GADVASU expert discusses role of animals, birds in detecting natural disasters

  • HT Correspondent, Hindustan Times, Ludhiana
  • Updated: Apr 28, 2015 18:19 IST

After the Nepal earthquake disaster that has destroyed property and claimed many lives, Kirti Dua, in-charge of wildlife centre and professor of veterinary medicine at Guru Angad Dev Veterinary and Animal Sciences University (GADVASU) held a discussion on the role of animals and birds in detecting such natural disasters on Wednesday.

He said, “The belief that animals can predict earthquakes has been around for centuries. But, the question is whether these tales are true?”

“Many studies have indicated that some animals can sense major changes in weather. Worms, for instance, are known to flee rising groundwater. Birds are known to be sensitive to air pressure changes, and often hunker down before a big storm. In Florida, researchers studying tagged sharks say they flee to deeper water just before a big hurricane arrives. They also may be sensing the air and water pressure changes caused by the big storm,” he said.

Dua said, “Researchers are skeptical that our puppy can give a cue that big quake is coming. They are also skeptical that any special “sixth sense” helped animals survive the great tsunami that swept the Indian ocean in 2004. After the wave, people reported seeing animals fleeing to forests on high ground and finding few bodies of dead animals. It may also be assumed that many animals may have survived simply because they are strong swimmers or able to scamper up trees.”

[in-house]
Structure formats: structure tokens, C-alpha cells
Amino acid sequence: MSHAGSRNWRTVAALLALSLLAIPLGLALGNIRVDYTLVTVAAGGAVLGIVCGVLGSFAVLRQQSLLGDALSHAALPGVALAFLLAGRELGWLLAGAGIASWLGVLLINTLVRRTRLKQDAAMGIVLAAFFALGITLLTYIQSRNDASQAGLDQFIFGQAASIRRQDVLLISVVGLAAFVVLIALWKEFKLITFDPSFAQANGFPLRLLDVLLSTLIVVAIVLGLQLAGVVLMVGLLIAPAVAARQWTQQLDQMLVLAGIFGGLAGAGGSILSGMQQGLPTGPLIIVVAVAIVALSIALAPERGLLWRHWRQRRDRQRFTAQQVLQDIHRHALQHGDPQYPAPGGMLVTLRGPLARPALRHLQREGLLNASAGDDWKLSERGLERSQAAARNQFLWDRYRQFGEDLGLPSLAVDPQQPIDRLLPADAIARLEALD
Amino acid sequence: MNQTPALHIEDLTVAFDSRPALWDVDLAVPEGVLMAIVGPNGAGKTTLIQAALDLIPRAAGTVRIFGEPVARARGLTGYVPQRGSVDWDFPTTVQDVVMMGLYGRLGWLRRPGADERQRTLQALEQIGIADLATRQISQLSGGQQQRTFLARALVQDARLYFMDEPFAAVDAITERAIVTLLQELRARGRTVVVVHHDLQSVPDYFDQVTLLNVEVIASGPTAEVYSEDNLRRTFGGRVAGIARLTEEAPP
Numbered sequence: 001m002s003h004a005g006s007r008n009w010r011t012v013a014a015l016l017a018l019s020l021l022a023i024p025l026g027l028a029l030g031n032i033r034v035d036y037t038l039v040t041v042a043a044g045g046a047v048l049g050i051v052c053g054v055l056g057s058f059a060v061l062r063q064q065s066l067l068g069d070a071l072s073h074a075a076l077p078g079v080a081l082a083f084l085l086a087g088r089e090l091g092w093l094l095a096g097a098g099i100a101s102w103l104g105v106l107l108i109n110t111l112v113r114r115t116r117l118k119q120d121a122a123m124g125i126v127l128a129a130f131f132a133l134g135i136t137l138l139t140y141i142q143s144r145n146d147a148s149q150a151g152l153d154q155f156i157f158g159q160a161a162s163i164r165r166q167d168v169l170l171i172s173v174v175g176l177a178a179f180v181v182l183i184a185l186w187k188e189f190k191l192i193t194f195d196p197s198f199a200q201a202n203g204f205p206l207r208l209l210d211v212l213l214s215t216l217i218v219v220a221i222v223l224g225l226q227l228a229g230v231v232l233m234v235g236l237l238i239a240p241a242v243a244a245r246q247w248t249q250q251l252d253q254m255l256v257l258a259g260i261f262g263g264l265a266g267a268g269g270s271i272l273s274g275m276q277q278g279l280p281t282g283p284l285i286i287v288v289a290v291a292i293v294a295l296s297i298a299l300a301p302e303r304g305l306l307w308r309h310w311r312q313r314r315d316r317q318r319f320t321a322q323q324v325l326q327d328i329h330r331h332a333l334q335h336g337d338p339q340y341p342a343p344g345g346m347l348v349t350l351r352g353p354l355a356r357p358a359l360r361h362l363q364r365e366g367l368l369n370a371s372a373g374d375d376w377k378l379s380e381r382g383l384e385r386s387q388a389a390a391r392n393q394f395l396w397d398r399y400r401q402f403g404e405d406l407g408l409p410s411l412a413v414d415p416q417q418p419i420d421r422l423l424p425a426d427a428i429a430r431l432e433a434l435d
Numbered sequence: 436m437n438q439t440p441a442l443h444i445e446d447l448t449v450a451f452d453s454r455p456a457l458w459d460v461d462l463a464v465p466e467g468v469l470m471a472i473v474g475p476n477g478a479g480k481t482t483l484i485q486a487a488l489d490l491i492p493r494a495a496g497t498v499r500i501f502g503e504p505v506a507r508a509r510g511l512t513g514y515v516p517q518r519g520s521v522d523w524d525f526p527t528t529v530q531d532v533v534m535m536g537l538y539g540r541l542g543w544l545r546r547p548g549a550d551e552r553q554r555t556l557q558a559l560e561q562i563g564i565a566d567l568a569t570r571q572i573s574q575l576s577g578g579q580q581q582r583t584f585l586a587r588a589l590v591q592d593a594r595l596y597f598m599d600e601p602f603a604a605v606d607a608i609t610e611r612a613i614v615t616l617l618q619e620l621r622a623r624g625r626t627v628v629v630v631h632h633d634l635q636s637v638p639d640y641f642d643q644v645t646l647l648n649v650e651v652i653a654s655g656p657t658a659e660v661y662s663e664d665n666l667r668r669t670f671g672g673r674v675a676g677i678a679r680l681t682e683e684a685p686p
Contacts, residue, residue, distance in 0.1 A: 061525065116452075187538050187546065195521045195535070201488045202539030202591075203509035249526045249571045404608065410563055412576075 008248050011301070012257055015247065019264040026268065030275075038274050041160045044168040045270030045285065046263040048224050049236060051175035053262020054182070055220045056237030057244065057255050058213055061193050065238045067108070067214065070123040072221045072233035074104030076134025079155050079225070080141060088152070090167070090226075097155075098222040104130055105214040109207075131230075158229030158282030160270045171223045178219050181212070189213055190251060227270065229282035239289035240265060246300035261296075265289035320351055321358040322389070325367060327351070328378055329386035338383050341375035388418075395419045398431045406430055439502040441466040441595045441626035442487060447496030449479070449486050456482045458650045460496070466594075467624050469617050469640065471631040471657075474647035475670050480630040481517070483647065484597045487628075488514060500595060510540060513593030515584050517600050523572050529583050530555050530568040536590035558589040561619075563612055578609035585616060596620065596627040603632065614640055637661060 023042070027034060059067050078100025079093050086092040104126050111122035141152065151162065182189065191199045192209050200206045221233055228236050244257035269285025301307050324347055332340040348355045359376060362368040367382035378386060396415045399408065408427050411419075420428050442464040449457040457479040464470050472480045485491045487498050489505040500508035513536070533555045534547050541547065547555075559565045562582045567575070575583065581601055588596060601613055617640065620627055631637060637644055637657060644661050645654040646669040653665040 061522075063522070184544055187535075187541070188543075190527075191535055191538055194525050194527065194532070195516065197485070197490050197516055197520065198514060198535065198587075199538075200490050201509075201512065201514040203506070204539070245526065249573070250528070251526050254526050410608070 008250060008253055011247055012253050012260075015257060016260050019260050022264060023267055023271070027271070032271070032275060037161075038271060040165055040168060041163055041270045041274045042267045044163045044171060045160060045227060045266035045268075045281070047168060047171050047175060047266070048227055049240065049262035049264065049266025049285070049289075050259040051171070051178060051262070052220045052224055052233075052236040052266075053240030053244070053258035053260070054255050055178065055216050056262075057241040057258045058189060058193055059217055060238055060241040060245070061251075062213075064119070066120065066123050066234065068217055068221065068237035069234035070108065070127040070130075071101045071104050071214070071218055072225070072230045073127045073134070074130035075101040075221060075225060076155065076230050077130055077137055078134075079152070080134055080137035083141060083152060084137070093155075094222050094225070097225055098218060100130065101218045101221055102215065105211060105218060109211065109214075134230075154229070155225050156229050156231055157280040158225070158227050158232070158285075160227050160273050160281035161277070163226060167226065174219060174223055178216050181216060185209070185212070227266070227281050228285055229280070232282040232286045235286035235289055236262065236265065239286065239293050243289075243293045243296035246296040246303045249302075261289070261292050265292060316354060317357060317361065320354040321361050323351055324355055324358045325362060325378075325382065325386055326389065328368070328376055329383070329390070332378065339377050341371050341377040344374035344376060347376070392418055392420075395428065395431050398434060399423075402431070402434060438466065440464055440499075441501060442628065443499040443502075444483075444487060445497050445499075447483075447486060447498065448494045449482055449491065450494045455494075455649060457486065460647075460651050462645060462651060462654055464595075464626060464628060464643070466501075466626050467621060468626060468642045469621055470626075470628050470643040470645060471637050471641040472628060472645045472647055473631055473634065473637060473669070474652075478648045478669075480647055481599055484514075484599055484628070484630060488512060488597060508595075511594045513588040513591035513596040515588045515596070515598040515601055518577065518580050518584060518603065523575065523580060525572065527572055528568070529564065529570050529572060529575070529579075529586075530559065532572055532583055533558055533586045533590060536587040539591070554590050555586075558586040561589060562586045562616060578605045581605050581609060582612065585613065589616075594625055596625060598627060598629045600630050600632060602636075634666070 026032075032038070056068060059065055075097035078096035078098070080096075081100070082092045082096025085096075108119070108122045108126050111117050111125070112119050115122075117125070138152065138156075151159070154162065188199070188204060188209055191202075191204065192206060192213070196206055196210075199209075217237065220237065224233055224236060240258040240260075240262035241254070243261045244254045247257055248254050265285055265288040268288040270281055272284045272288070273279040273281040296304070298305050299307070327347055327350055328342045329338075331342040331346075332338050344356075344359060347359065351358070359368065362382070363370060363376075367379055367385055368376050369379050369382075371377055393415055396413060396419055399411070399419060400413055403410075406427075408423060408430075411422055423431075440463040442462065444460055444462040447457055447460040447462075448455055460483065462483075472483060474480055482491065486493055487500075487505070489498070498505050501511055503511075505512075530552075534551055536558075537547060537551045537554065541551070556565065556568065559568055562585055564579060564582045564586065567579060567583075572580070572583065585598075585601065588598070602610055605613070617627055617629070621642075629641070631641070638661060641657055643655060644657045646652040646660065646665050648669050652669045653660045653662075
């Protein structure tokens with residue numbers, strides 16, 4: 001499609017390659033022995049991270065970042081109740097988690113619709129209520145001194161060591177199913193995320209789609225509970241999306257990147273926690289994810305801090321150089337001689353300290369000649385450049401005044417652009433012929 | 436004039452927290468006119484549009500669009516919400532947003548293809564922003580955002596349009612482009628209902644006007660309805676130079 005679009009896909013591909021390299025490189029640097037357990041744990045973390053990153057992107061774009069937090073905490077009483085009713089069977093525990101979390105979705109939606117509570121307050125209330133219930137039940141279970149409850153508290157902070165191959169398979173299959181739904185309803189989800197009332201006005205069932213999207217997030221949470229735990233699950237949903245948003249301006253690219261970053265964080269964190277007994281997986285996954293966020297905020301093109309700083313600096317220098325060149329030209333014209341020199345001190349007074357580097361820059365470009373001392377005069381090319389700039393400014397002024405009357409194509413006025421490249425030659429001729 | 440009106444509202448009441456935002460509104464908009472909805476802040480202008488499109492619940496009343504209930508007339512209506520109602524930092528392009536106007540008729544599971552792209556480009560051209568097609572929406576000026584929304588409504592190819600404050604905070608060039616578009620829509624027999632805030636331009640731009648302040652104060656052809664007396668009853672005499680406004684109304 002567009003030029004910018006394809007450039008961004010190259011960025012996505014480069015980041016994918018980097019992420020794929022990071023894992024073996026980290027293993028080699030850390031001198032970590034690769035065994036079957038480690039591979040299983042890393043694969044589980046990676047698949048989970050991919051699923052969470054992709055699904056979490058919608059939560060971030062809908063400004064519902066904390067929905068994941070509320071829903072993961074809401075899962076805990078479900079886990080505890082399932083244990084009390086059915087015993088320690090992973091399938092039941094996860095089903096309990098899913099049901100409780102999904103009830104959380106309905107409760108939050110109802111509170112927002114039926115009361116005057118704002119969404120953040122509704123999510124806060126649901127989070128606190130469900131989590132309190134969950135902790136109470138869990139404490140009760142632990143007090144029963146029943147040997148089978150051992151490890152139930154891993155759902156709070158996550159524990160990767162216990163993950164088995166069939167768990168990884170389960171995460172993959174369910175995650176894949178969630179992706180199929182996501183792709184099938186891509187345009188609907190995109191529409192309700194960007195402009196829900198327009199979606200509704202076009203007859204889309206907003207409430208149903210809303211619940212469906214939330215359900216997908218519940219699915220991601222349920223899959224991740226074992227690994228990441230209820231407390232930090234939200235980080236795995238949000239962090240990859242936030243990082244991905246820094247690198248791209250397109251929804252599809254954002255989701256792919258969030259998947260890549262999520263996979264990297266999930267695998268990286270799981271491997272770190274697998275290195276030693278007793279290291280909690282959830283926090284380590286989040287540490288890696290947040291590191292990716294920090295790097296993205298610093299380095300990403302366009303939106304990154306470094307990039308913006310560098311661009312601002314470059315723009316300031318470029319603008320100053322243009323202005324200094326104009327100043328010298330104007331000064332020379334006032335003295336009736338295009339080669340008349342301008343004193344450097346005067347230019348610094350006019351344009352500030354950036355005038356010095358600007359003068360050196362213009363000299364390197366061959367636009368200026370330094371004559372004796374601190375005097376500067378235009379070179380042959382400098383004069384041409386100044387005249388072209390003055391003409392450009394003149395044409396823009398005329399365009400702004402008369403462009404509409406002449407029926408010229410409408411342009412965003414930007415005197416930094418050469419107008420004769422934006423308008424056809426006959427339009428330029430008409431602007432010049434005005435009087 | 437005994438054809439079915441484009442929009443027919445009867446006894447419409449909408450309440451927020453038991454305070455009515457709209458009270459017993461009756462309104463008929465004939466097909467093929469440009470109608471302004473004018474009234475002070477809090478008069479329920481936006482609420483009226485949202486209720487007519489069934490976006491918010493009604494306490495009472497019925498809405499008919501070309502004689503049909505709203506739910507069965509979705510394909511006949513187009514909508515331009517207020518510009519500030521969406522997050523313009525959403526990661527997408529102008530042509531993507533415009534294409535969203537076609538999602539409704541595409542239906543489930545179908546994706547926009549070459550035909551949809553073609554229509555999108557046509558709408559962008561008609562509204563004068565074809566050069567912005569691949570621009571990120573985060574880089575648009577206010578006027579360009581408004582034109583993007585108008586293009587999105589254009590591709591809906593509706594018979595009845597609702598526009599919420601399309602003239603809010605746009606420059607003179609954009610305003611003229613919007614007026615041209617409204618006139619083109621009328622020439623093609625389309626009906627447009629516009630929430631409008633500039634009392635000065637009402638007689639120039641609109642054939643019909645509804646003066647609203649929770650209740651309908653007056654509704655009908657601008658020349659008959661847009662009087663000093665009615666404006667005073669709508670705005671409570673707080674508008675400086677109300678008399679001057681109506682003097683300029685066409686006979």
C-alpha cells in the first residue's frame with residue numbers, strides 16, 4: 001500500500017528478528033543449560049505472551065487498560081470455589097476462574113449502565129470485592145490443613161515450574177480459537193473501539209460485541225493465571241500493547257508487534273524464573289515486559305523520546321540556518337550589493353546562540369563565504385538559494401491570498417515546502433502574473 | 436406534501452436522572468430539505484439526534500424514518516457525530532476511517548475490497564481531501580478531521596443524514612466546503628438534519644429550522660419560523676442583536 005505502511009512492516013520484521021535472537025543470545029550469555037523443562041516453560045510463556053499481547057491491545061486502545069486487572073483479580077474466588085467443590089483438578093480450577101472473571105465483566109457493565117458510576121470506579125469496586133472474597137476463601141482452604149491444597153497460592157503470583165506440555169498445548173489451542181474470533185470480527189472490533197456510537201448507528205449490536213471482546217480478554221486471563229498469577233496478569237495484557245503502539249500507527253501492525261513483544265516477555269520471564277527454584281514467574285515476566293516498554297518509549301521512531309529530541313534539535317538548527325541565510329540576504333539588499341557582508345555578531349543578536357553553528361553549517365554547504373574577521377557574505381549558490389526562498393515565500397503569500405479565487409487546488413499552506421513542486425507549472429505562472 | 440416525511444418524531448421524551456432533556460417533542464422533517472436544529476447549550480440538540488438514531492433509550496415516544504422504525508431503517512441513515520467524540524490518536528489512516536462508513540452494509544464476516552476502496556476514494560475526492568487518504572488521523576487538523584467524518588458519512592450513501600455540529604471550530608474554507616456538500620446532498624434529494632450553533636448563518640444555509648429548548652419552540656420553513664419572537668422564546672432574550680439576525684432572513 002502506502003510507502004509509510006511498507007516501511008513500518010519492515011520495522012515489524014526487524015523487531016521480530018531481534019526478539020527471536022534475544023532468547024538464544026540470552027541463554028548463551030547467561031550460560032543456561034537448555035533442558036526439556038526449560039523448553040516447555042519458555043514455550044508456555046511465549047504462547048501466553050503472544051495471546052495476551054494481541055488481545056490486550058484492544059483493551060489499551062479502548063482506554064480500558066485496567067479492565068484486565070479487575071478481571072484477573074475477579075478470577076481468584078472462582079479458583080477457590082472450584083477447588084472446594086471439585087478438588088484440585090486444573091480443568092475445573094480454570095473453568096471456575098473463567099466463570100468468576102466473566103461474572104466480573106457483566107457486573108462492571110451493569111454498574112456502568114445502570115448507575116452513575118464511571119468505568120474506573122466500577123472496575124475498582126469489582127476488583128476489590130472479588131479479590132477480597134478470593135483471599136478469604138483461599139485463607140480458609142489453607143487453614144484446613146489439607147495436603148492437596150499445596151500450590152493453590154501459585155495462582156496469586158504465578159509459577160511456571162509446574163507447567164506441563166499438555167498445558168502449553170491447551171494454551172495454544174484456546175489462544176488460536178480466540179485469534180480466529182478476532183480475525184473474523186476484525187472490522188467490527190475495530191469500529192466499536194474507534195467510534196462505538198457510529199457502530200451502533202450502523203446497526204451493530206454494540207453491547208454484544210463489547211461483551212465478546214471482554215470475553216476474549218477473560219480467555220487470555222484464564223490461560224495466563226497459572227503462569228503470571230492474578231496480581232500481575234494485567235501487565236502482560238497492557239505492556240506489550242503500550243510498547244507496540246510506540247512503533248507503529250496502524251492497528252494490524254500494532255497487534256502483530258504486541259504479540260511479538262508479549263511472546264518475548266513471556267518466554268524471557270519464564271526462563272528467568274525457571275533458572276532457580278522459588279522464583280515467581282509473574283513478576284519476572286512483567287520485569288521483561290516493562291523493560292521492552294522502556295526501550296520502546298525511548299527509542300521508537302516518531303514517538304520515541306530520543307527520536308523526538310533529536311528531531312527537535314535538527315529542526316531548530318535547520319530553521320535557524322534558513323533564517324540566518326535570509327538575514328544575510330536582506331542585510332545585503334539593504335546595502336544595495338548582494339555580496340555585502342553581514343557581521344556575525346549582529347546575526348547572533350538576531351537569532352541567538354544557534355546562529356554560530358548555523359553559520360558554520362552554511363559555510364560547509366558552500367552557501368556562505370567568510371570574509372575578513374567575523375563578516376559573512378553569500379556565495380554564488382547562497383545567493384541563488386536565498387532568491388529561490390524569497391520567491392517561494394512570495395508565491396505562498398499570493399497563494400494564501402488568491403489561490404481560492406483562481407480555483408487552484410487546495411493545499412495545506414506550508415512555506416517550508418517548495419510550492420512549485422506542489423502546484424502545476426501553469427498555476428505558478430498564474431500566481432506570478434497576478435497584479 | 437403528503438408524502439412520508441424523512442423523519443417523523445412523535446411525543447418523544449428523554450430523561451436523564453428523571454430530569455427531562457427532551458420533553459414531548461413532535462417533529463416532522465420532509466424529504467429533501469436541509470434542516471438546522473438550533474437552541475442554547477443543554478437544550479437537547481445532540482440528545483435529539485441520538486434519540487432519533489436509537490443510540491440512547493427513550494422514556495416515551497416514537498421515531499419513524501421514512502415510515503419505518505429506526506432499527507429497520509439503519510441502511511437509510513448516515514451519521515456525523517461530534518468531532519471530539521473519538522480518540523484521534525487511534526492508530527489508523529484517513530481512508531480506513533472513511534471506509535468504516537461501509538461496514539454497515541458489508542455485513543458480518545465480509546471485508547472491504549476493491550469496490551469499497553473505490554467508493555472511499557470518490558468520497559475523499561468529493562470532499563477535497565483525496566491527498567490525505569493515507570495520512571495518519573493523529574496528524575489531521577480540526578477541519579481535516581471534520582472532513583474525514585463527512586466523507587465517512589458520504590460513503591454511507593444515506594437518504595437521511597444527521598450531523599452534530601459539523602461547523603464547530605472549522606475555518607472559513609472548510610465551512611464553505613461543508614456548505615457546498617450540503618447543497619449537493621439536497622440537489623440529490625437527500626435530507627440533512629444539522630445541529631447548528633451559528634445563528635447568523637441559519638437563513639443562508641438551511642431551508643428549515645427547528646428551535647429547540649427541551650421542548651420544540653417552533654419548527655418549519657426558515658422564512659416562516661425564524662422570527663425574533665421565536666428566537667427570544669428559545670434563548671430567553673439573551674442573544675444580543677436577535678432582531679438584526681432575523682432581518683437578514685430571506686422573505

On being asked about how fortified is sense of animals, he said, “Precisely what animals sense, if they feel anything at all, is a mystery. One theory is that wild and domestic creatures feel the Earth vibrate before humans. Other ideas suggest they detect electrical changes in the air or gas released from the Earth. However, it is believed that animals can pick up the “infrasonic” sound pulses created by storms and earthquakes, and get a headstart on fleeing to safety. When things change, they may not understand why it's happening, but the change itself may trigger some instinct to move to an area that is safer for them.”

“Earthquakes are a sudden phenomenon. Seismologists have no way of knowing exactly when or where the next one will hit. One of the world's most earthquake-prone countries is Japan, where researchers have studied animals in hopes of discovering what they hear or feel before the Earth shakes in order to use that sense as a prediction tool. But, so far they have not succeeded. While animals may one day be a helpful early warning system, for the earthquake forecasting, we will still need to have geophysical measurements in combination with animal measurements,” he said.

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